Programs designed to improve self-esteem among adolescents have proliferated across varied social welfare practice settings in Korea (Park & Lee, 2008), mostly in short-term sessions headed by a single independent organization targeting designated high risk groups; however, prevention that works requires coordinated and long-term efforts (Rogers, 2002). The universal prevention approach takes into account environmental factors such as family, school and community that support all adolescent groups without differentiation (Weissberg et al., 2003).
In Korea, school social workers might be one of the most relevant service providers in order to facilitate schools’ attempt to protect the capacity for self-control among general adolescents who are under academic stress. Since the late 1990s the school social work system was introduced in Korea, its comprehensive efforts on preventing and resolving problems related to students’ wellbeing have widely been acknowledged (Korea Association of School Social Workers, 2011 as cited in Cha, 2012). Moreover, providing preventive services in school settings has several advantages, including effectiveness, continuity, and accountability (Kim, 2008 as cited in Lee, 2011). Likewise, it carries significant practice implications to identify a mechanism capable of preventing the debilitating effects of academic stress on self-control and to come up with measures for its application to the Korean-specific context.
The present study empirically supported the claim that academic stress decreases Korean adolescents’ self-control. In order to protect the capacity for self-control among adolescents, policymakers should be attentive to adolescents’ voice arguing that the pressures regarding the university entrance examination is the primary factor causing academic distress (Moon & Jwa, 2008). Therefore, the Korean government should improve the current educational system, which focuses overly on the college scholastic ability test, by expanding services to enhance the potential of individual adolescents and to help them contribute in their lives (Weissberg et al., 2003).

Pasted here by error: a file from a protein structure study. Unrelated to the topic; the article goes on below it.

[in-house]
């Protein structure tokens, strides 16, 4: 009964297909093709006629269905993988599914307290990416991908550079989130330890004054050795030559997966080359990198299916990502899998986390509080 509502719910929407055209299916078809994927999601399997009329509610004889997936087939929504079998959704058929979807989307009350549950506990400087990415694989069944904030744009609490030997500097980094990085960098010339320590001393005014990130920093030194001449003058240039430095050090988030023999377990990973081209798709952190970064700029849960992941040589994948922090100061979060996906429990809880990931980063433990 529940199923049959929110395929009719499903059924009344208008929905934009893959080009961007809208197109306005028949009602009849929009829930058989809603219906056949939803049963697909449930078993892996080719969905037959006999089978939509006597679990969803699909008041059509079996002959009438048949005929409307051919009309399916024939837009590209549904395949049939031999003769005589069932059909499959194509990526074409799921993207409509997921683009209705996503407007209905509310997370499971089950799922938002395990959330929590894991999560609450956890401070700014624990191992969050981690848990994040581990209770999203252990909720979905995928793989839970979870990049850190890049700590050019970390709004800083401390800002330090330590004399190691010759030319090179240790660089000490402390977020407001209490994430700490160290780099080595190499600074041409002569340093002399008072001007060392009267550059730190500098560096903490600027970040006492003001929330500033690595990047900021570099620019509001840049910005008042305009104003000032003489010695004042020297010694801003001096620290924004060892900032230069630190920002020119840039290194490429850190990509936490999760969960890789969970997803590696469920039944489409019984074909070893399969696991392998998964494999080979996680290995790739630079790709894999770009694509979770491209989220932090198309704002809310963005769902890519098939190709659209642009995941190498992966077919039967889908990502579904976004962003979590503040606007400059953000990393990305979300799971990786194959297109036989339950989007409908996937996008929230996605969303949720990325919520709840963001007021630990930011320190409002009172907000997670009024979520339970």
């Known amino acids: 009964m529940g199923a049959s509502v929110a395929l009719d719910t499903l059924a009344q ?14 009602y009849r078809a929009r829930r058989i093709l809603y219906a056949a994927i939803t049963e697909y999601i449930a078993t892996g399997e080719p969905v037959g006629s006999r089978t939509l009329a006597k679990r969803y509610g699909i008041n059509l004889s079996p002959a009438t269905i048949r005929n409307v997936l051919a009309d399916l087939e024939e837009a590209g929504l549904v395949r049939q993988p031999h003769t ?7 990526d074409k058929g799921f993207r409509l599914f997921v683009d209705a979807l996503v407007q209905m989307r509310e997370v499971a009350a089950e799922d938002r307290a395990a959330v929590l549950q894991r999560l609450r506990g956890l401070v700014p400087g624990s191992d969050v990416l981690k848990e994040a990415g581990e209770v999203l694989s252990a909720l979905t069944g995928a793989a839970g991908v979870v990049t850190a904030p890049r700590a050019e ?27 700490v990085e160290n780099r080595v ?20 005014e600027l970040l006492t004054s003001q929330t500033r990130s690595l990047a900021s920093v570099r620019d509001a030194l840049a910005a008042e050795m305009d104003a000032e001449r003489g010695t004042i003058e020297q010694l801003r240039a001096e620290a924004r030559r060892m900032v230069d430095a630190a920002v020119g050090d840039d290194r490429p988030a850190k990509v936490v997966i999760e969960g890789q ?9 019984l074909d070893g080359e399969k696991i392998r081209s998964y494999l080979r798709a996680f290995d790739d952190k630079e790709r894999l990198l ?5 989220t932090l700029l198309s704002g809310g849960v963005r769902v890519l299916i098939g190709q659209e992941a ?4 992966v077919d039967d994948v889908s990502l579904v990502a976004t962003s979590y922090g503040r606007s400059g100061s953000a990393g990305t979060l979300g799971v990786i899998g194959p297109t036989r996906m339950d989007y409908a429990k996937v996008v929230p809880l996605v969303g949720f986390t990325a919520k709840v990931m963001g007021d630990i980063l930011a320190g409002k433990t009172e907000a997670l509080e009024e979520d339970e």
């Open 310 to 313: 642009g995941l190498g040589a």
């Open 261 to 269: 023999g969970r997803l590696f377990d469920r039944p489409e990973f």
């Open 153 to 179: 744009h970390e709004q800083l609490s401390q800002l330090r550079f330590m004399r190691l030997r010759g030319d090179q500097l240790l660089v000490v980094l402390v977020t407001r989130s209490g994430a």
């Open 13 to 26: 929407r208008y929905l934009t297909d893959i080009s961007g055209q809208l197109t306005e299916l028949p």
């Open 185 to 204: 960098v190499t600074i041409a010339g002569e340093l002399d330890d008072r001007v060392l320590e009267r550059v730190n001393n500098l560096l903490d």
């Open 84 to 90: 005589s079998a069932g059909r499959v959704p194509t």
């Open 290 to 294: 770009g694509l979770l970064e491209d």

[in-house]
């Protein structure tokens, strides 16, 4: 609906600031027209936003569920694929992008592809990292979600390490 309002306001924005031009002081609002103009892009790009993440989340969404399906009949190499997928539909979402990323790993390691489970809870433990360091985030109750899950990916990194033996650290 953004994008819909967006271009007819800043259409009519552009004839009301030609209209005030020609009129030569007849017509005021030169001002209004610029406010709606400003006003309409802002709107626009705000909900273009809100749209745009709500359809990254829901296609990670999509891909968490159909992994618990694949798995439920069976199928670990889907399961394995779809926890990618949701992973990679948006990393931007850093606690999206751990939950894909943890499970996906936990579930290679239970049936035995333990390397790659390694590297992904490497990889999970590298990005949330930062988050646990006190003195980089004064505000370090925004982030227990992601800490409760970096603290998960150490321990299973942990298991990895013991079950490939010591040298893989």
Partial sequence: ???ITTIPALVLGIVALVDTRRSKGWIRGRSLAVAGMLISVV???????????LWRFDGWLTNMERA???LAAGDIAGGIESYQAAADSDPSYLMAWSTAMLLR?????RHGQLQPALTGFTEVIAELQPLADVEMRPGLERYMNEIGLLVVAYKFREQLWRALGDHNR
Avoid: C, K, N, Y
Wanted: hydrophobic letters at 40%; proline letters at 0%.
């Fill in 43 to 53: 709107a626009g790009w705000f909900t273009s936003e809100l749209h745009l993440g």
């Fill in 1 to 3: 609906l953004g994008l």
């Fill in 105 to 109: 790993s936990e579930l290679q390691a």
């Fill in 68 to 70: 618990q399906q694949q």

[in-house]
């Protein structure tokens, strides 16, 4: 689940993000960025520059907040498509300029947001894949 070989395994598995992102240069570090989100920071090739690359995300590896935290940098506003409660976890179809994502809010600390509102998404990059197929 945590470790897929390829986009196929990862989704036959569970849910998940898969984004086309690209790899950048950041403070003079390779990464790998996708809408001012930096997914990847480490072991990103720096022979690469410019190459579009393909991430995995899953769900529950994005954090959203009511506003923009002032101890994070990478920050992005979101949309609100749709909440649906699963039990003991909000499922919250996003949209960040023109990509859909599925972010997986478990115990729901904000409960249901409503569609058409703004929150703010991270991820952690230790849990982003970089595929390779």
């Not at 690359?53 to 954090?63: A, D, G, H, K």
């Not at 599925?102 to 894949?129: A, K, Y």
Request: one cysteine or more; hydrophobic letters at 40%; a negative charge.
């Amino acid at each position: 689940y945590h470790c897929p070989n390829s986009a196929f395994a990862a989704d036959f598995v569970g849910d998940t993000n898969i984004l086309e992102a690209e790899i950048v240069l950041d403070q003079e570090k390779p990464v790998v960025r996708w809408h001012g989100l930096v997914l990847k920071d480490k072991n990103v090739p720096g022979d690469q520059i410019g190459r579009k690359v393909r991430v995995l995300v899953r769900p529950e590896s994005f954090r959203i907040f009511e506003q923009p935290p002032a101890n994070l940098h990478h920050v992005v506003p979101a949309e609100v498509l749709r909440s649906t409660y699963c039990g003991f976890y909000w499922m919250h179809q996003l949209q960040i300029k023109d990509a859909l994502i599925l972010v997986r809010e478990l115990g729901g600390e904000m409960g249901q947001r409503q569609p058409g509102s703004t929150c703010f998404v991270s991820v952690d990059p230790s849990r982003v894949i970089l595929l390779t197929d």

Regardless of the implications, there are some limitations of the present study that should be addressed in future research. First, the present study hypothesized the causal relationship between academic stress and self-control according to the strength model of self-control (Baumeister et al., 2007). However, the current cross-sectional study practically examined the correlation between study variables. Considering the possibility of the reverse causation, future researchers should investigate the relationship more precisely.
Moreover, the moderating effect of self-esteem on the association between academic stress and the capacity for self-control was investigated without recognizing the time-varying effects of the study variables in this study. Thus, hypothesized relationships among the variables should be tested with study data in future research through a longitudinal approach.
On the basis of the present study’s findings, the self-esteem of Korean adolescents was identified as a preventive factor at an individual level. By adopting the ecological systems perspective, future research should attempt to understand how adolescents interact over time with the varied levels of environmental systems in which they are embedded in order to prevent themselves from the adverse outcomes of socio-psychological stress.
Lastly, the present study did not take into account the gender difference in the interactive mechanism of academic stress and self-esteem on the capacity for self-control in adolescents. Adolescent research is generally suggested to consider the particular developmental traits induced by the gender difference (Williams et al., 2007 as cited in Choi, 2009).
[Figure 3-1] Framework of Analysis
[Table 4-1] Descriptive Statistics: Characteristics of Participants
[Table 4-2] Descriptive Statistics: Major Variables
[Table 4-3] Pearson Correlation Coefficients
[Table4-4] Testing the Moderating Effect of Self-esteem
[Figure 4-1] The Moderating Effect of Self-Esteem